Sunday

18th Apr 2021

EU court: Denmark's family-reunification law 'unjustified'

  • Denmark's family-reunification policies are among the toughest in Europe (Photo: vic xia)

Europe's top court has delivered a blow against Denmark's tough family reunification laws, in a case that is likely to cause headaches for its new left-leaning government.

Judges at the European Court of Justice (ECJ) in Luxembourg on Wednesday (10 July) ruled that Danish restriction laws preventing a legally-resident Turkish national from bringing his wife to Denmark were unjustified.

Read and decide

Join EUobserver today

Become an expert on Europe

Get instant access to all articles — and 20 years of archives. 14-day free trial.

... or subscribe as a group

  • Mette Frederiksen, Denmark's 41-year old prime minister, may face a backlash over the ECJ ruling (Photo: Social Demokratiet)

The implication of the ruling could open up some 8,000 other pending cases in the Scandinavian country, whose tough stand on immigration has only slightly softened since the socialist camp took over the leadership last month.

Denmark's newly-appointed foreign and integration minister Mattias Tesfaye described the ruling as a potential "roadside bomb in Danish immigration policy", as cited in the Danish press.

The case at the ECJ revolves around Danish family reunification laws for married couples. Those laws weigh a connection criteria between Denmark and the country of origin - in this case, Turkey.

Although the rules were changed in 2018, the latest verdict stretches back some 10 years when settlement requirements in Denmark were different.

"Such a restriction is unjustified," noted the judges of the conditions imposed on the couple.

The court ruled against Denmark, in part because of the decades-old association agreement between the EU and Turkey that demands the exoneration of work and residency permit restrictions on Turkish nationals, including their family members.

The case involves a Turkish woman who lives in Turkey. In 2009, she sought to reunite with her husband and four children, all of whom have permanent residency in Denmark.

The children were all born in Turkey and the couple had divorced in 1998. The husband and children managed to get a permanent residency through his separate marriage to a German national, who also had residency in Denmark.

However, he then divorced his German spouse in June 2009 and remarried his former Turkish wife in August the same year.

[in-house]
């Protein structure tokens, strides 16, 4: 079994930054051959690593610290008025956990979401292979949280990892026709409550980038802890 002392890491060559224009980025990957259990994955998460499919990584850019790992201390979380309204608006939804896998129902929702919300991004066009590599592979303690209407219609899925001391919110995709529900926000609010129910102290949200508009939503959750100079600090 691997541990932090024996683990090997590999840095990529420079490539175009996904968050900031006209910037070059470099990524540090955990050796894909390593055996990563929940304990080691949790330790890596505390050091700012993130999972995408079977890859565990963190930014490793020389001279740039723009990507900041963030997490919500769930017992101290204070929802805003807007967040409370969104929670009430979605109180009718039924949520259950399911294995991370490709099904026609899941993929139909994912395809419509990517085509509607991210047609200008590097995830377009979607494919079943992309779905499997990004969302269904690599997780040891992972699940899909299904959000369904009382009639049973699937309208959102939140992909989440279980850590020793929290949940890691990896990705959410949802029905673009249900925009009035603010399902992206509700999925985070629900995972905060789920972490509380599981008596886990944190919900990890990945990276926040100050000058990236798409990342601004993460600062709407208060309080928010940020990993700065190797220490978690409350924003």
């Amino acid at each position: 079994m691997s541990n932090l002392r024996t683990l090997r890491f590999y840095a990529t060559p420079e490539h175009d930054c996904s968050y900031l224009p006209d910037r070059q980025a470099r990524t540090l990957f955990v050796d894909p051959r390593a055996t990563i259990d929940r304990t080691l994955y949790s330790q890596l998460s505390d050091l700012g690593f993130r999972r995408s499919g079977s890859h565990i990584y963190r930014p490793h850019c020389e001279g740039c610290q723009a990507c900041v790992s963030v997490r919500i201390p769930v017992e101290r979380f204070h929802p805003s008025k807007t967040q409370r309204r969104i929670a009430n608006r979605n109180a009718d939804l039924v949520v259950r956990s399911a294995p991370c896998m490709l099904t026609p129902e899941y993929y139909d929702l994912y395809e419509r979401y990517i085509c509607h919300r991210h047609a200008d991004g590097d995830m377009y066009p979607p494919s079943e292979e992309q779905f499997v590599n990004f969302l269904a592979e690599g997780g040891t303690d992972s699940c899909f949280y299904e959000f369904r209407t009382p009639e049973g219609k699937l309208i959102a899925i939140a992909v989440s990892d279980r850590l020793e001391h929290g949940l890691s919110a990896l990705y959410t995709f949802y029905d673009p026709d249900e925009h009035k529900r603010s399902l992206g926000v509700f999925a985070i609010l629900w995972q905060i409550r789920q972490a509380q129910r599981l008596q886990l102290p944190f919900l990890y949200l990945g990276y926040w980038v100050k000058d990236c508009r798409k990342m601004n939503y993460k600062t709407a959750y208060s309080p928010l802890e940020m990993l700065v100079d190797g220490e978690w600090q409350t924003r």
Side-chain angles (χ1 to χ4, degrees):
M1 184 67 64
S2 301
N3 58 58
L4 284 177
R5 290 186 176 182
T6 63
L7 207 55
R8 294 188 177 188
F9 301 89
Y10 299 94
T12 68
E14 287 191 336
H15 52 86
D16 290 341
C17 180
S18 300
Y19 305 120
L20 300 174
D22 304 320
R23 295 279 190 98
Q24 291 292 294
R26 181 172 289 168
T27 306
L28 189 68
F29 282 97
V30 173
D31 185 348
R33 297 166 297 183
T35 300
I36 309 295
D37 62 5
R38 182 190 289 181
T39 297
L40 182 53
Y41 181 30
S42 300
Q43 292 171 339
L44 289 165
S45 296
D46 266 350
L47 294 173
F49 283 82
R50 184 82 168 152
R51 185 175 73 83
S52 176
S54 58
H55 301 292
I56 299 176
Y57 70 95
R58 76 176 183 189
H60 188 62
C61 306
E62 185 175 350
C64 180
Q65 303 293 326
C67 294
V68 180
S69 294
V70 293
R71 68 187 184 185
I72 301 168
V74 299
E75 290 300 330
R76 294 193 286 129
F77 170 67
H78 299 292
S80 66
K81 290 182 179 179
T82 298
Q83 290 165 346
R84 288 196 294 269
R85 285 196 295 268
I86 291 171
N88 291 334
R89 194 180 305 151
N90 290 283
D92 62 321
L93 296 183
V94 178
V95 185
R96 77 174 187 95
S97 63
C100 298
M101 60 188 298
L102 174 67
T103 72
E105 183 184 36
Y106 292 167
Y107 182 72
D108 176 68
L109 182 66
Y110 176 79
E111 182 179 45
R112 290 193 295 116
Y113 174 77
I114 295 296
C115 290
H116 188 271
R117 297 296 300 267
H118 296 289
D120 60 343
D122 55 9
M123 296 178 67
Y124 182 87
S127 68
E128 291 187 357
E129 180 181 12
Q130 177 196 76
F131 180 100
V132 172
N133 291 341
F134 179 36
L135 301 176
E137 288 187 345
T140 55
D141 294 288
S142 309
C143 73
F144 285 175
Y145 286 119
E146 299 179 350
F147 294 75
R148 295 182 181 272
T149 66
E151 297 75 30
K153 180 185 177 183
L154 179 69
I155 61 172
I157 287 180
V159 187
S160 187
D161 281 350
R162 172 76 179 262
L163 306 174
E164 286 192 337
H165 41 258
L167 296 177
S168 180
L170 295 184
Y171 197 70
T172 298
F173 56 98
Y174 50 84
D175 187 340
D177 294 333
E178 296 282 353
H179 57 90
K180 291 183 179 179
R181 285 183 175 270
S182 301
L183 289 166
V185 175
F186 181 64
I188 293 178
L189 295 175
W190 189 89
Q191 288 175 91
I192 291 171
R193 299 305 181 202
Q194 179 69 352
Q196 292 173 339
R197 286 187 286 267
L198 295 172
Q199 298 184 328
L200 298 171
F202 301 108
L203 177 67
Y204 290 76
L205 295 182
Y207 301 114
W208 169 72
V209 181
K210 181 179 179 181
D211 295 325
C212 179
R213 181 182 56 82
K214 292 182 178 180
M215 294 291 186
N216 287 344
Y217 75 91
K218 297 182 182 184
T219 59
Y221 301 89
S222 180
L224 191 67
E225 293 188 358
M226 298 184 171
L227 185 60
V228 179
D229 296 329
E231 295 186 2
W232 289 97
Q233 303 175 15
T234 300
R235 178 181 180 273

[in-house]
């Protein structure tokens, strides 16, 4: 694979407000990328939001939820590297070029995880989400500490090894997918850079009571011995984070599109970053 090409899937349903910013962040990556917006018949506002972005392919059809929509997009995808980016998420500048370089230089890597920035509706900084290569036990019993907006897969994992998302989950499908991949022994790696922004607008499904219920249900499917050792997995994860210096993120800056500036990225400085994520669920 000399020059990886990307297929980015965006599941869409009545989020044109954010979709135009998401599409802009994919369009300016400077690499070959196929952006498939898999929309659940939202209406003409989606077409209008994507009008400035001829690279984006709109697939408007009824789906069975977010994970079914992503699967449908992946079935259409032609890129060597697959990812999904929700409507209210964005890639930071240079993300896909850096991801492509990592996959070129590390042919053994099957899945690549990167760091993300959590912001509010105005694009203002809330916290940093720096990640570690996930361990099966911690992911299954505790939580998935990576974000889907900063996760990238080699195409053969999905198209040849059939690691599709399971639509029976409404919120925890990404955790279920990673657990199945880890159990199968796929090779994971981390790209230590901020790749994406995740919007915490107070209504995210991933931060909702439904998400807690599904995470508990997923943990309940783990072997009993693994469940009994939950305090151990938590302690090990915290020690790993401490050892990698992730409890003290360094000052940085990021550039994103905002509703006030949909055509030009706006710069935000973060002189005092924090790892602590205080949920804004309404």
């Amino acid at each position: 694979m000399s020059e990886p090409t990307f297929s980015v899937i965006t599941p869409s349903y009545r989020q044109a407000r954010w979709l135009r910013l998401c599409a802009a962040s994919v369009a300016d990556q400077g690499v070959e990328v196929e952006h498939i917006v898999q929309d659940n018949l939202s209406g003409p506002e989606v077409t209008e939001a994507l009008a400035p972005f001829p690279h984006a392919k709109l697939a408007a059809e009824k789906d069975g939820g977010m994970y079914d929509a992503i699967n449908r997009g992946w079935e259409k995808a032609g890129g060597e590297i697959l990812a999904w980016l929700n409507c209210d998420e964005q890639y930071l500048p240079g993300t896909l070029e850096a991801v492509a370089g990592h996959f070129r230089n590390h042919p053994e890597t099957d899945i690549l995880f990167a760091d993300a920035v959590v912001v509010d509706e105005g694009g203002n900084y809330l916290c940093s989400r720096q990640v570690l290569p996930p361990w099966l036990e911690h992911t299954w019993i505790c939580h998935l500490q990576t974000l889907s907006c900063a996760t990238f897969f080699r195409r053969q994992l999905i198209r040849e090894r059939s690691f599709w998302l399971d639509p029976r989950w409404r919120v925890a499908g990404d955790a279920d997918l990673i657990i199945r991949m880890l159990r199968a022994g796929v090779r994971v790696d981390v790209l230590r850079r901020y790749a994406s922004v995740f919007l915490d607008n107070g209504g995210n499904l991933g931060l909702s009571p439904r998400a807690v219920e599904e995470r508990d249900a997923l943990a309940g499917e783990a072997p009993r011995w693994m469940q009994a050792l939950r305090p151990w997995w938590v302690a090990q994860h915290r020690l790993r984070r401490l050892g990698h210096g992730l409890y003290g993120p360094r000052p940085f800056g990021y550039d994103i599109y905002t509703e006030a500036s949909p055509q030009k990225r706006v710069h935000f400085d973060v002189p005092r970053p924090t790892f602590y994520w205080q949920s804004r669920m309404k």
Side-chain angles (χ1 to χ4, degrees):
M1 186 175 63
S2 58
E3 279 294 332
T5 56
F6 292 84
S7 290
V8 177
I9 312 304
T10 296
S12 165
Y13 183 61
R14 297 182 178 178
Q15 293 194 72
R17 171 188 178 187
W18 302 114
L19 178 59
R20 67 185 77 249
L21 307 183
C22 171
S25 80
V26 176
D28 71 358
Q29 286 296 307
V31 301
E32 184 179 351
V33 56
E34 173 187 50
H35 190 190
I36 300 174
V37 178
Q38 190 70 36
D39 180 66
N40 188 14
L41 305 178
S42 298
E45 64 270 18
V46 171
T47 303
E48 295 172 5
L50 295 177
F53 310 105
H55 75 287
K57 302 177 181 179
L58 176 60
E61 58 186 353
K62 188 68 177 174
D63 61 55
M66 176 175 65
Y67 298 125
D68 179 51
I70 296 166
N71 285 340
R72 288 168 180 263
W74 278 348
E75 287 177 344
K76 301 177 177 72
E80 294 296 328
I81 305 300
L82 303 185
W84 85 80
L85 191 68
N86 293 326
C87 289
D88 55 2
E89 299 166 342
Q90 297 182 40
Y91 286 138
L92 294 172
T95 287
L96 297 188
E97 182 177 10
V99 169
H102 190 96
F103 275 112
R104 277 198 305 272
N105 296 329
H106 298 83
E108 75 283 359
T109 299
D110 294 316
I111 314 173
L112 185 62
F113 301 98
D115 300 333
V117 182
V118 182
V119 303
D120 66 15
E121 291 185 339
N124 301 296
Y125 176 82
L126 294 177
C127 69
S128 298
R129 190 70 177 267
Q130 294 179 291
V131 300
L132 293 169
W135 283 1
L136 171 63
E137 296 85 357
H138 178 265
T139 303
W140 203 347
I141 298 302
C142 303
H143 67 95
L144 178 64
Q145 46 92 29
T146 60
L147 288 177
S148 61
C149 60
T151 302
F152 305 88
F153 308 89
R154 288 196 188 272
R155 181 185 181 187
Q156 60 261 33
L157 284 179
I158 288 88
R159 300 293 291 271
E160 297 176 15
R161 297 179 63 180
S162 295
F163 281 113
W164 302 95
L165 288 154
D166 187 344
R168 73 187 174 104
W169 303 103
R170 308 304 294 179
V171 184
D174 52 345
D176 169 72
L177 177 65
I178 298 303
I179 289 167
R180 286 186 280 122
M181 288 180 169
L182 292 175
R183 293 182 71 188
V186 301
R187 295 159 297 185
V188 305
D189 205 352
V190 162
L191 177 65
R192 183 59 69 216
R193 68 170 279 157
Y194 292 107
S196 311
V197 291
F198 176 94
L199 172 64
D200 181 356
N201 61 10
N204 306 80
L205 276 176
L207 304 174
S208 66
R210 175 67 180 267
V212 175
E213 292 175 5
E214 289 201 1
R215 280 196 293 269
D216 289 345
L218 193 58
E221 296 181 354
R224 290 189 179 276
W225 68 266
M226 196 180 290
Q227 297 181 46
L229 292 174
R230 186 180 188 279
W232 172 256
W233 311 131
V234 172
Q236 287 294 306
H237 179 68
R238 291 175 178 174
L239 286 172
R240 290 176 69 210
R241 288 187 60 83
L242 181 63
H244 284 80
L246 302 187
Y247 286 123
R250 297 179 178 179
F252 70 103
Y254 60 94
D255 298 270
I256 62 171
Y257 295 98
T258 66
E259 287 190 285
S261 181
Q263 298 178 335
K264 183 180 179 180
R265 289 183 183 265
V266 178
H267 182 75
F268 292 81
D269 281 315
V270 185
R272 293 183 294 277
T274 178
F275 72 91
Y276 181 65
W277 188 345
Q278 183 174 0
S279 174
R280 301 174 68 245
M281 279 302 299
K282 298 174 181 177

She then filed for a reunification request with the Danish authorities in September 2009.

The Danish authorities argued her connection with Turkey was far stronger, despite having her entire immediate family in Denmark.

Asked to comment, a Danish government spokesperson has yet to respond as of publication.

Denmark's immigration policies have raised tricky questions in the past and pointed towards a right-wing influence on the laws.

In 2016, the government proposed holding public auctions of jewellery confiscated from asylum seekers.

The Social Democratic party under the new 41-year old prime minister Mette Frederiksen has also backed confiscating jewellery from asylum seekers and slapping bans on Islamic face veils.

It has also supported proposals to offshore the processing of asylum seekers in reception centres in north Africa.

Denmark set to complete social democrat sweep of Nordics

The leader of the Danish Social Democrats, Mette Frederiksen, is poised to win national elections on Wednesday and complete a shift of power in all the three Nordic EU countries to having social democrat leaders.

Denmark threatens Syria deportations amid EU concerns

Denmark is stripping Syrians of residency rights - the first country in the EU to do so - amid threats to deport them back home. The EU did not comment directly, but warned that Syria is not safe.

News in Brief

  1. EU postpones decision on labelling gas 'sustainable'
  2. MEPs call for mass surveillance ban in EU public spaces
  3. Greek and Turkish ministers trade jibes in Ankara
  4. Biden repeats opposition to Russia-Germany pipeline
  5. Navalny in danger, letter warns EU foreign ministers
  6. Lithuania keen to use Denmark's AstraZeneca vaccines
  7. Gas plants largest source of power-sector emissions
  8. Study: Higher risk of blood clots from Covid than vaccines

Analysis

Frontex scrutiny on rights violations is a PR stunt

Greece denies any illegal pushbacks at sea. The EU takes their version of events as face value, in a system unable and unwilling to shed doubt on Greek authorities - posing accountability questions on the EU's border guard agency Frontex.

Stakeholders' Highlights

  1. Nordic Council of MinistersDigitalisation can help us pick up the green pace
  2. Nordic Council of MinistersCOVID19 is a wake-up call in the fight against antibiotic resistance
  3. Nordic Council of MinistersThe Nordic Region can and should play a leading role in Europe’s digital development
  4. Nordic Council of MinistersNordic Council to host EU webinars on energy, digitalisation and antibiotic resistance
  5. UNESDAEU Code of Conduct can showcase PPPs delivering healthier more sustainable society
  6. Nordic Council of MinistersWomen benefit in the digitalised labour market

Latest News

  1. US rejects Slovenia-linked plan to break up Bosnia
  2. Ukraine urges Borrell to visit Russia front line
  3. Could US sanctions hit Russia vaccine sales to EU?
  4. Polish court pushes out critical ombudsman
  5. Political crises in Romania and Bulgaria amid third wave
  6. Von der Leyen's summer plans undisclosed, after Ukraine snub
  7. Over a million EU citizens back farm-animal cage ban
  8. Three options for West on Putin's Ukraine build-up

Join EUobserver

Support quality EU news

Join us